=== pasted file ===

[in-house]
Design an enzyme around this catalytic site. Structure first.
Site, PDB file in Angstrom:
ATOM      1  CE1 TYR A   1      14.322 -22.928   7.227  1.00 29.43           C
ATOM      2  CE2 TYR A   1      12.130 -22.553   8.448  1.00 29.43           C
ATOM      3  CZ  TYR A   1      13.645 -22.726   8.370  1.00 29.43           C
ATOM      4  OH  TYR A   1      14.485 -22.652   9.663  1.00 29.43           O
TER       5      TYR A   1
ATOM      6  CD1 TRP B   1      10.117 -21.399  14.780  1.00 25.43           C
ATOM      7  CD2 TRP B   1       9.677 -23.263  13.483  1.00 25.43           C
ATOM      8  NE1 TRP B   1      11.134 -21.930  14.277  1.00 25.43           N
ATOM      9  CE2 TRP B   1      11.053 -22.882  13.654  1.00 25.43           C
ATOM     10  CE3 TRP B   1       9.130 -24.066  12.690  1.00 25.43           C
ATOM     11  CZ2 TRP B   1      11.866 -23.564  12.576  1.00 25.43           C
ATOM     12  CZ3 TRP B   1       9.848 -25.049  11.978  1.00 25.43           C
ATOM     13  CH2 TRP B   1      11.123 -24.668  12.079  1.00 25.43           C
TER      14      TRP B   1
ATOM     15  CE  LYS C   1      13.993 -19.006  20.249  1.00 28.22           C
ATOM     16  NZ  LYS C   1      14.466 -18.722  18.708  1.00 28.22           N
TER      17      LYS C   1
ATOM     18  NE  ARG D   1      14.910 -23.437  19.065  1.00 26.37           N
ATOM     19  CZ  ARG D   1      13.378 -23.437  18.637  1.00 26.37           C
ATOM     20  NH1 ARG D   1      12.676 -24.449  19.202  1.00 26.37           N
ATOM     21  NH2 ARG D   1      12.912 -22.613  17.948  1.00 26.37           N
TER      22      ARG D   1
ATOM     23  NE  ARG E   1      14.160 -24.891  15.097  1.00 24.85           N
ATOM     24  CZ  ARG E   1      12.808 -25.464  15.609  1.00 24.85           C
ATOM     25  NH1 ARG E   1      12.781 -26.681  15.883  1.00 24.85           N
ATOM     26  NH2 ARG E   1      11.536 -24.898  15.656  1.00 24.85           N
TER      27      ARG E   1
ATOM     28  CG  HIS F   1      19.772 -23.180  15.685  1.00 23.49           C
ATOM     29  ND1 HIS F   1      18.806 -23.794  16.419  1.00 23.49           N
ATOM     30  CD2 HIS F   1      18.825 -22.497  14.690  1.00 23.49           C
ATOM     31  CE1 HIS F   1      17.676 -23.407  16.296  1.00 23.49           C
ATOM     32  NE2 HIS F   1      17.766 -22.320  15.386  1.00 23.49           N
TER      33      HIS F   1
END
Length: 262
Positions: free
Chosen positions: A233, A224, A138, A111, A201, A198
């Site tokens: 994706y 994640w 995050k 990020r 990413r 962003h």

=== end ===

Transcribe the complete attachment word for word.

[in-house]
Design an enzyme around this catalytic site. Structure first.
Site, PDB file in Angstrom:
ATOM      1  CE1 TYR A   1      14.322 -22.928   7.227  1.00 29.43           C
ATOM      2  CE2 TYR A   1      12.130 -22.553   8.448  1.00 29.43           C
ATOM      3  CZ  TYR A   1      13.645 -22.726   8.370  1.00 29.43           C
ATOM      4  OH  TYR A   1      14.485 -22.652   9.663  1.00 29.43           O
TER       5      TYR A   1
ATOM      6  CD1 TRP B   1      10.117 -21.399  14.780  1.00 25.43           C
ATOM      7  CD2 TRP B   1       9.677 -23.263  13.483  1.00 25.43           C
ATOM      8  NE1 TRP B   1      11.134 -21.930  14.277  1.00 25.43           N
ATOM      9  CE2 TRP B   1      11.053 -22.882  13.654  1.00 25.43           C
ATOM     10  CE3 TRP B   1       9.130 -24.066  12.690  1.00 25.43           C
ATOM     11  CZ2 TRP B   1      11.866 -23.564  12.576  1.00 25.43           C
ATOM     12  CZ3 TRP B   1       9.848 -25.049  11.978  1.00 25.43           C
ATOM     13  CH2 TRP B   1      11.123 -24.668  12.079  1.00 25.43           C
TER      14      TRP B   1
ATOM     15  CE  LYS C   1      13.993 -19.006  20.249  1.00 28.22           C
ATOM     16  NZ  LYS C   1      14.466 -18.722  18.708  1.00 28.22           N
TER      17      LYS C   1
ATOM     18  NE  ARG D   1      14.910 -23.437  19.065  1.00 26.37           N
ATOM     19  CZ  ARG D   1      13.378 -23.437  18.637  1.00 26.37           C
ATOM     20  NH1 ARG D   1      12.676 -24.449  19.202  1.00 26.37           N
ATOM     21  NH2 ARG D   1      12.912 -22.613  17.948  1.00 26.37           N
TER      22      ARG D   1
ATOM     23  NE  ARG E   1      14.160 -24.891  15.097  1.00 24.85           N
ATOM     24  CZ  ARG E   1      12.808 -25.464  15.609  1.00 24.85           C
ATOM     25  NH1 ARG E   1      12.781 -26.681  15.883  1.00 24.85           N
ATOM     26  NH2 ARG E   1      11.536 -24.898  15.656  1.00 24.85           N
TER      27      ARG E   1
ATOM     28  CG  HIS F   1      19.772 -23.180  15.685  1.00 23.49           C
ATOM     29  ND1 HIS F   1      18.806 -23.794  16.419  1.00 23.49           N
ATOM     30  CD2 HIS F   1      18.825 -22.497  14.690  1.00 23.49           C
ATOM     31  CE1 HIS F   1      17.676 -23.407  16.296  1.00 23.49           C
ATOM     32  NE2 HIS F   1      17.766 -22.320  15.386  1.00 23.49           N
TER      33      HIS F   1
END
Length: 262
Positions: free
Chosen positions: A233, A224, A138, A111, A201, A198
């Site tokens: 994706y 994640w 995050k 990020r 990413r 962003h």